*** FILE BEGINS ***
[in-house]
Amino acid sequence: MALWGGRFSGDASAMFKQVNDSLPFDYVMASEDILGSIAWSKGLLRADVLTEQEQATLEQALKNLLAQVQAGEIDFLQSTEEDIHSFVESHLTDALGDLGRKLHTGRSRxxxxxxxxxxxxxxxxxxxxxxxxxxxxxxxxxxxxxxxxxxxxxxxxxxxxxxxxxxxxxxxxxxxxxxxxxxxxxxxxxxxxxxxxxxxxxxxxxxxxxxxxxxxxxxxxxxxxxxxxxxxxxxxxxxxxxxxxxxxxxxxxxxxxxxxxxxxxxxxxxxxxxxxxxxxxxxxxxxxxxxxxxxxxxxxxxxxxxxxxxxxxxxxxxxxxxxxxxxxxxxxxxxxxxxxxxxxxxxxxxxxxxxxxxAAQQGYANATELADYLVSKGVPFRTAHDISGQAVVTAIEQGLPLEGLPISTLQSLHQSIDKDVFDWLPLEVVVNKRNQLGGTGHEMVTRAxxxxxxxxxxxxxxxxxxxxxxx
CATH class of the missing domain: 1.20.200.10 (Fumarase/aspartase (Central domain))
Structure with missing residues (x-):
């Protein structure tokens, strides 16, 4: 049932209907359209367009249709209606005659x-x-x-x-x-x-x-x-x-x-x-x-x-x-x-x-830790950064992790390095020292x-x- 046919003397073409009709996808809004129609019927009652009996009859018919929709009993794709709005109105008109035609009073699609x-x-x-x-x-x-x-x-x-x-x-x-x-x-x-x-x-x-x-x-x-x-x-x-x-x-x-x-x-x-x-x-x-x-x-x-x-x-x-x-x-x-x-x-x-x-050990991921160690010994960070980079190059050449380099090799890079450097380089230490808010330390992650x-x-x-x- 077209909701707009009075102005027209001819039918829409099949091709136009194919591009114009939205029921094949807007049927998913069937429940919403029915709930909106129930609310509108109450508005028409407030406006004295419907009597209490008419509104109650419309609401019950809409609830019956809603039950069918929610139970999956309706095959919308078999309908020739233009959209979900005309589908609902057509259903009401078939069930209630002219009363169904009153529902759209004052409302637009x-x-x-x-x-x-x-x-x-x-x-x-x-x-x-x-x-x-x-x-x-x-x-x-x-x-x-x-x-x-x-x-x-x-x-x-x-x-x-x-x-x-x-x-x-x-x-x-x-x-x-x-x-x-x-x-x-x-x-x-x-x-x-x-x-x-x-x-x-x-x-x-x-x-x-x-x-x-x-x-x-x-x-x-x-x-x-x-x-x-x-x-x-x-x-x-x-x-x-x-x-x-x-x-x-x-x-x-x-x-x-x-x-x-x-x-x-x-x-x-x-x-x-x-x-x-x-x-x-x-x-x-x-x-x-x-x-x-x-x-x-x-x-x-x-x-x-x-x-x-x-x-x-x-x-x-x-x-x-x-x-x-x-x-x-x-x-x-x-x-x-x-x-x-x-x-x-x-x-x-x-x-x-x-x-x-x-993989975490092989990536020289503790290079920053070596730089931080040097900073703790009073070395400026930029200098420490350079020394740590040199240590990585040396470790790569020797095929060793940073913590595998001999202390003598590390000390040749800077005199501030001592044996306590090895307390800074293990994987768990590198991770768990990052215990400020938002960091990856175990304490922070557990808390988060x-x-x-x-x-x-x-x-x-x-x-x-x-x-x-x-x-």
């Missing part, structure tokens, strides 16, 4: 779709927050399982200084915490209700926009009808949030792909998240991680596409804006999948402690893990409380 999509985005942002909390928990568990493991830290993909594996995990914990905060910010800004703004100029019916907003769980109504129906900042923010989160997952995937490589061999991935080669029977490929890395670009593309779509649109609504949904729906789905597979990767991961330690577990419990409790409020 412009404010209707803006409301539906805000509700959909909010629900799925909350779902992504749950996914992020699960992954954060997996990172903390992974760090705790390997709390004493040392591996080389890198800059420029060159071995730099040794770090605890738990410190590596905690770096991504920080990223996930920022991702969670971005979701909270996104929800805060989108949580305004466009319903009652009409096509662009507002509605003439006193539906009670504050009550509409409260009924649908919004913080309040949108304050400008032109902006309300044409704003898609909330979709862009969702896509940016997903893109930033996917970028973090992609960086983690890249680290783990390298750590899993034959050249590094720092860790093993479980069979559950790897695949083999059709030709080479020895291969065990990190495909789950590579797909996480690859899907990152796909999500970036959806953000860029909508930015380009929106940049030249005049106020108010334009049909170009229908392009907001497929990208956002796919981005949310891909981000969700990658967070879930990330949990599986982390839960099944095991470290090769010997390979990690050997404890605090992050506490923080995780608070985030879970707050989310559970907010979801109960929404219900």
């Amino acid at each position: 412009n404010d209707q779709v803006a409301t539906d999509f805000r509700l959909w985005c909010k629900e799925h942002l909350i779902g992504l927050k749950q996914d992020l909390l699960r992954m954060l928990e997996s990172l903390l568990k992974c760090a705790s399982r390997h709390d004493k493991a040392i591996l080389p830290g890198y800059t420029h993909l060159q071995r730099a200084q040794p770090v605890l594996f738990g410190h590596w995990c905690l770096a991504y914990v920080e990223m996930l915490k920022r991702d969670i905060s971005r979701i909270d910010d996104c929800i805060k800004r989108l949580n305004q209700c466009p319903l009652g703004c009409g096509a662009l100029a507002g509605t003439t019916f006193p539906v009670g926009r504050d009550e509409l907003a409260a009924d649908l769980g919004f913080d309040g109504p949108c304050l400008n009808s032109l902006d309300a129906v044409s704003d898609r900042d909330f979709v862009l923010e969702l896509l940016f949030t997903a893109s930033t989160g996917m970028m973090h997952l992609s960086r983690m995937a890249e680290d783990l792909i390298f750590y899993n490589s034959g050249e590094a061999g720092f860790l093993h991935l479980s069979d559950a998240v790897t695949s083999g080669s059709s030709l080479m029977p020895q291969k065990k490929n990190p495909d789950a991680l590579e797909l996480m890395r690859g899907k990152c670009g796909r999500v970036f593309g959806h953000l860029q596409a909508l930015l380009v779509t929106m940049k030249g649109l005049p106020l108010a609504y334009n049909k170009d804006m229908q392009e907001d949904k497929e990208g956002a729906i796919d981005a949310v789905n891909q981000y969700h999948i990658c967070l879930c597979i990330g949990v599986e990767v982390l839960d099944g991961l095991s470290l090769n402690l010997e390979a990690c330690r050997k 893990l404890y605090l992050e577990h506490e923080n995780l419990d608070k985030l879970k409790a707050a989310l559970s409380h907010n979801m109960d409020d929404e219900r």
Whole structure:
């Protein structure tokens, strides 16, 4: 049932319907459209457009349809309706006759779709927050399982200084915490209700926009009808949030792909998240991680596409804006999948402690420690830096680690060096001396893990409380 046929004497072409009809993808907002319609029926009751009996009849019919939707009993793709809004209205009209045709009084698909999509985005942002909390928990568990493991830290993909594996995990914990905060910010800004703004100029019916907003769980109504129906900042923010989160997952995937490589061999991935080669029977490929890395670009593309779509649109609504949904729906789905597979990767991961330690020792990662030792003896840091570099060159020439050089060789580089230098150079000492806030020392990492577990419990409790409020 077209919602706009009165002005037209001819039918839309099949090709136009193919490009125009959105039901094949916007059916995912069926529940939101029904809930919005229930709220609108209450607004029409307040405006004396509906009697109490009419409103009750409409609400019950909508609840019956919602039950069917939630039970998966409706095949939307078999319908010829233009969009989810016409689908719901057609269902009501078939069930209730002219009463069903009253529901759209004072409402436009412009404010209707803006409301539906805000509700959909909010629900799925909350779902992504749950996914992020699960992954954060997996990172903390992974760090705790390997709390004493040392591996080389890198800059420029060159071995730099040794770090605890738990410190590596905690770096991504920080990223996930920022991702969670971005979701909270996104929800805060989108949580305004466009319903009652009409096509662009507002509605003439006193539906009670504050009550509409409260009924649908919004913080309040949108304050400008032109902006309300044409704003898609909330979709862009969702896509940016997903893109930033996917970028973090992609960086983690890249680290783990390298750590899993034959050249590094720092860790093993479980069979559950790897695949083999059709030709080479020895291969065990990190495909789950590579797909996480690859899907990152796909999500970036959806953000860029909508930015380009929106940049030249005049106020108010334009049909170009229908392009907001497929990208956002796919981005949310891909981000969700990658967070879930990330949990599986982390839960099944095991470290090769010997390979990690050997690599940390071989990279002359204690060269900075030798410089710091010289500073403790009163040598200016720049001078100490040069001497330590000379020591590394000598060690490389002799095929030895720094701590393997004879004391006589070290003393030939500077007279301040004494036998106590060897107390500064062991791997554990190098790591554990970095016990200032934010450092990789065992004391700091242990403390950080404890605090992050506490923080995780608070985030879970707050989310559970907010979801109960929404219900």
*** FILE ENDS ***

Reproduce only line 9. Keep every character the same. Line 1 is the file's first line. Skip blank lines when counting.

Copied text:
């Protein structure tokens, strides 16, 4: 049932319907459209457009349809309706006759779709927050399982200084915490209700926009009808949030792909998240991680596409804006999948402690420690830096680690060096001396893990409380 046929004497072409009809993808907002319609029926009751009996009849019919939707009993793709809004209205009209045709009084698909999509985005942002909390928990568990493991830290993909594996995990914990905060910010800004703004100029019916907003769980109504129906900042923010989160997952995937490589061999991935080669029977490929890395670009593309779509649109609504949904729906789905597979990767991961330690020792990662030792003896840091570099060159020439050089060789580089230098150079000492806030020392990492577990419990409790409020 077209919602706009009165002005037209001819039918839309099949090709136009193919490009125009959105039901094949916007059916995912069926529940939101029904809930919005229930709220609108209450607004029409307040405006004396509906009697109490009419409103009750409409609400019950909508609840019956919602039950069917939630039970998966409706095949939307078999319908010829233009969009989810016409689908719901057609269902009501078939069930209730002219009463069903009253529901759209004072409402436009412009404010209707803006409301539906805000509700959909909010629900799925909350779902992504749950996914992020699960992954954060997996990172903390992974760090705790390997709390004493040392591996080389890198800059420029060159071995730099040794770090605890738990410190590596905690770096991504920080990223996930920022991702969670971005979701909270996104929800805060989108949580305004466009319903009652009409096509662009507002509605003439006193539906009670504050009550509409409260009924649908919004913080309040949108304050400008032109902006309300044409704003898609909330979709862009969702896509940016997903893109930033996917970028973090992609960086983690890249680290783990390298750590899993034959050249590094720092860790093993479980069979559950790897695949083999059709030709080479020895291969065990990190495909789950590579797909996480690859899907990152796909999500970036959806953000860029909508930015380009929106940049030249005049106020108010334009049909170009229908392009907001497929990208956002796919981005949310891909981000969700990658967070879930990330949990599986982390839960099944095991470290090769010997390979990690050997690599940390071989990279002359204690060269900075030798410089710091010289500073403790009163040598200016720049001078100490040069001497330590000379020591590394000598060690490389002799095929030895720094701590393997004879004391006589070290003393030939500077007279301040004494036998106590060897107390500064062991791997554990190098790591554990970095016990200032934010450092990789065992004391700091242990403390950080404890605090992050506490923080995780608070985030879970707050989310559970907010979801109960929404219900």